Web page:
The Musée Héritage museum in St. Albert did it again! Another outstanding Indigenous exhibit!
This exhibit was about the Michel Band, named after Chief Michel Callihoo, the son of Louis Kwarakwante, a Mohawk form Kahnawake, near Montreal. Not knowing much about this band I was informed, enlightened, and surprised. I learned that for many years the Callihoo family was settled in the Jasper area, then moved west when the children grew. After working for the Hudson’s Bay Company for 26 years, he joined the small mission community at Lac Ste. Anne. An adhesion to Treaty 6 was signed in 1878. The Michel Callihoo reserve was created in 1880, 29 km NW of Edmonton. Lack of government support for many years and great pressure from many quarters, the reserve was broken up through surrenders and enfranchisement. Formal recognition of their status is still being sought.
I recognized some of the names in my own Métis genealogy and am now wondering about the possibilities. Then, I saw a photo of my Auntie Bertha (L’Hirondelle) Bell/Belcourt by marriage receiving scrip money.
Of course I bought the book Sun Traveller to get more information and keep the journey alive.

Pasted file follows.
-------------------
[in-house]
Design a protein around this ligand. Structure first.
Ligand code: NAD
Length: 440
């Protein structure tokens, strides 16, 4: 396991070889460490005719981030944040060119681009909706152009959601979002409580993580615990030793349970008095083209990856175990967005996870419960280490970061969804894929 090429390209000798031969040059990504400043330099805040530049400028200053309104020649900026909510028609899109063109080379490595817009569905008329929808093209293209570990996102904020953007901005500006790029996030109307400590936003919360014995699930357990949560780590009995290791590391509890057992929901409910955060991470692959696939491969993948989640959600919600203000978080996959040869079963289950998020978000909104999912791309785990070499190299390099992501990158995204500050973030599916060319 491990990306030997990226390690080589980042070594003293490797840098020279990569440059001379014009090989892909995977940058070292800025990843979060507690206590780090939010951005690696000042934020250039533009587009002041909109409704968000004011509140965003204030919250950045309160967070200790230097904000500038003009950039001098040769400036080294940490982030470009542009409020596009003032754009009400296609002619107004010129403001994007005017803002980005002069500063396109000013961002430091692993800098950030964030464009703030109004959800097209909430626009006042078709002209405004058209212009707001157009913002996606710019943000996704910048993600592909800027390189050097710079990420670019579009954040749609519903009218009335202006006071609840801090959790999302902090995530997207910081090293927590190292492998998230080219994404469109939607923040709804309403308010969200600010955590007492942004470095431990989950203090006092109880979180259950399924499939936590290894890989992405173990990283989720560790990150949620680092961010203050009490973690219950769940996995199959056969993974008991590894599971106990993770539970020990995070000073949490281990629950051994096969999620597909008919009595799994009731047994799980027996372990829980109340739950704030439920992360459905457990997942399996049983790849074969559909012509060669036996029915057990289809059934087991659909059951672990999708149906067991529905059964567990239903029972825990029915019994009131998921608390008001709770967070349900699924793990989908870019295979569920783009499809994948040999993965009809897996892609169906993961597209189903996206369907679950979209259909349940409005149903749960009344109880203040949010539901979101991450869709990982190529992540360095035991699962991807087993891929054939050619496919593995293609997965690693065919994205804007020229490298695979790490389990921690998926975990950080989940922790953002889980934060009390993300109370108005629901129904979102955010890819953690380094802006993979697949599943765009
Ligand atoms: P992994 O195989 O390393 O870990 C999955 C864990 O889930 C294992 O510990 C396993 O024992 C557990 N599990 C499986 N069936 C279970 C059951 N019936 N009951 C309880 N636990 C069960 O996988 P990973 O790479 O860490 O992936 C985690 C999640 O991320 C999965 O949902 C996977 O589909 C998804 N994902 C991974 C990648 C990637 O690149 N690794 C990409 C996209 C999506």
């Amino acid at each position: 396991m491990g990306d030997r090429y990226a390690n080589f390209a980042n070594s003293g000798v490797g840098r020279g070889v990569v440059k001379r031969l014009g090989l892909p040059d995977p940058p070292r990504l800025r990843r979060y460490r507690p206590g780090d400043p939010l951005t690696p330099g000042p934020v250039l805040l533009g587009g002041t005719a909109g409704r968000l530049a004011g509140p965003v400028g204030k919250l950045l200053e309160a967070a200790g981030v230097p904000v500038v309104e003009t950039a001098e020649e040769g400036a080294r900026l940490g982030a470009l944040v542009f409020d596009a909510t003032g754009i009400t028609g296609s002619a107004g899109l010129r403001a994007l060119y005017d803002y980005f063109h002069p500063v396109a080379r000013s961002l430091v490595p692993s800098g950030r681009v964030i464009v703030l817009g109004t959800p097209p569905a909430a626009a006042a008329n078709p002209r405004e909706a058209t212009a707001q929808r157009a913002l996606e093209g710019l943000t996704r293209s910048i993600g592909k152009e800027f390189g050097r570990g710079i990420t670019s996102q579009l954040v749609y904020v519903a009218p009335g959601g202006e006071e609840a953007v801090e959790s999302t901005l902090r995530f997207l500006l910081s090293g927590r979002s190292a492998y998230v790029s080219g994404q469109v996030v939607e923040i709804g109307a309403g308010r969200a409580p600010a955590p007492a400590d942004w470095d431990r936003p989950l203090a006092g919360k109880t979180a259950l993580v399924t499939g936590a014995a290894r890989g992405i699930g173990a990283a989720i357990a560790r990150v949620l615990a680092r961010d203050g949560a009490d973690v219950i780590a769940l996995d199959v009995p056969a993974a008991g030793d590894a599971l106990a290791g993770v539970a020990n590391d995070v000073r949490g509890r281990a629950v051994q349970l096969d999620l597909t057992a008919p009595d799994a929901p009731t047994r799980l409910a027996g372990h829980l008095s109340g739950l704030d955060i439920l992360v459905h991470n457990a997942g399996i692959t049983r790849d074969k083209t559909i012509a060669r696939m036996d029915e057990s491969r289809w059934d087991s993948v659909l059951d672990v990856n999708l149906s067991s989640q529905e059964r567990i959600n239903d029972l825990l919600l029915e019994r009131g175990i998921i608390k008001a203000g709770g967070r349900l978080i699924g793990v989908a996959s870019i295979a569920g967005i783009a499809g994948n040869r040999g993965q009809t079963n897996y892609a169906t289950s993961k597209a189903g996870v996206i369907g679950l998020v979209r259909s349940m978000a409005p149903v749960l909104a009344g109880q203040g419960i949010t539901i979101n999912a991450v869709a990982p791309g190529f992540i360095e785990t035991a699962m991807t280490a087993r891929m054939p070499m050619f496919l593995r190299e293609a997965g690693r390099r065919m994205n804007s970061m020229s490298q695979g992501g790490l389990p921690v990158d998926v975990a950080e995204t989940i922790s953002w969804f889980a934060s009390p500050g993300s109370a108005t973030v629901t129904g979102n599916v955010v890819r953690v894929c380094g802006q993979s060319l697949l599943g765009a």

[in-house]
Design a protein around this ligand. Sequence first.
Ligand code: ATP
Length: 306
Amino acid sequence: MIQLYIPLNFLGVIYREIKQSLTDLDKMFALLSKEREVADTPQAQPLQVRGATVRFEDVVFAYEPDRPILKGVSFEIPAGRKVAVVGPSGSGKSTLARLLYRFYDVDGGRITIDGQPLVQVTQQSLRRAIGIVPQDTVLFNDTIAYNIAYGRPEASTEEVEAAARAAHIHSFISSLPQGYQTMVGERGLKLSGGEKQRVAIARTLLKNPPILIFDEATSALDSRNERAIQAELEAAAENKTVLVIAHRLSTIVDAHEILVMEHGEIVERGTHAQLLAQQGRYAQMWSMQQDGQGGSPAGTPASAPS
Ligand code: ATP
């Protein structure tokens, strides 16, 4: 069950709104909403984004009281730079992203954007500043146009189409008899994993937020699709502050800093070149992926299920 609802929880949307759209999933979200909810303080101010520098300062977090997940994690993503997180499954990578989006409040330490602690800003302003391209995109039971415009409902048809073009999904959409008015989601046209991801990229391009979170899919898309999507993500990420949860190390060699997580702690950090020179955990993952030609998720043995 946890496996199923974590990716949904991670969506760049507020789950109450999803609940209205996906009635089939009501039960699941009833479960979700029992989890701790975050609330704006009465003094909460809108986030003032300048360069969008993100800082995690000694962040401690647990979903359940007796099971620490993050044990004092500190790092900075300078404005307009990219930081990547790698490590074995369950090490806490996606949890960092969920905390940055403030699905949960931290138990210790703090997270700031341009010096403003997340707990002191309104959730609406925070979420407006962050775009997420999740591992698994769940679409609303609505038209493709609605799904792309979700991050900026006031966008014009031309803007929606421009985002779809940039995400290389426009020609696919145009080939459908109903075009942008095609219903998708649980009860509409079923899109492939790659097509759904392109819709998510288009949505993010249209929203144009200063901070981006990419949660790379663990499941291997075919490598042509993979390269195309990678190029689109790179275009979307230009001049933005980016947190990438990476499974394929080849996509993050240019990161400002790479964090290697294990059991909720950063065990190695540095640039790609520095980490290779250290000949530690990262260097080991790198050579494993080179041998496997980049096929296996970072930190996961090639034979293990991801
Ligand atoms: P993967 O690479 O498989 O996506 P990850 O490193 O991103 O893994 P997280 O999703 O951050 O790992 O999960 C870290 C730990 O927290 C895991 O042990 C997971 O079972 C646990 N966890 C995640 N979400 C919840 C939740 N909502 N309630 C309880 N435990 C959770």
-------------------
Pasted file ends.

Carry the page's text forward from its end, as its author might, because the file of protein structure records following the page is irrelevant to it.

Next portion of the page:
One poster in particular stood out that said, “A Reputation for Hard Work.” A lengthy quote from a government official includes, “….these half-breeds are a very superior class of Indians….making a good living by mixed farming, selling their grain, cattle…Their buildings-in fact the whole reserve-compare favourably with any white settlement.”
Apparently, one former Conservative senator has never read about the Michel Band. She would probably call them an anomaly – no, wait, that is too sophisticated a word for her limited capacity.
Thank you Musée Héritage Museum for bringing out some accurate and lesser-known history of some wonderful Indigenous people who were created by a wonderful Creator.
Sharon Pasula is an Indigenous spiritual and cultural resource person who lives in Boyle Street.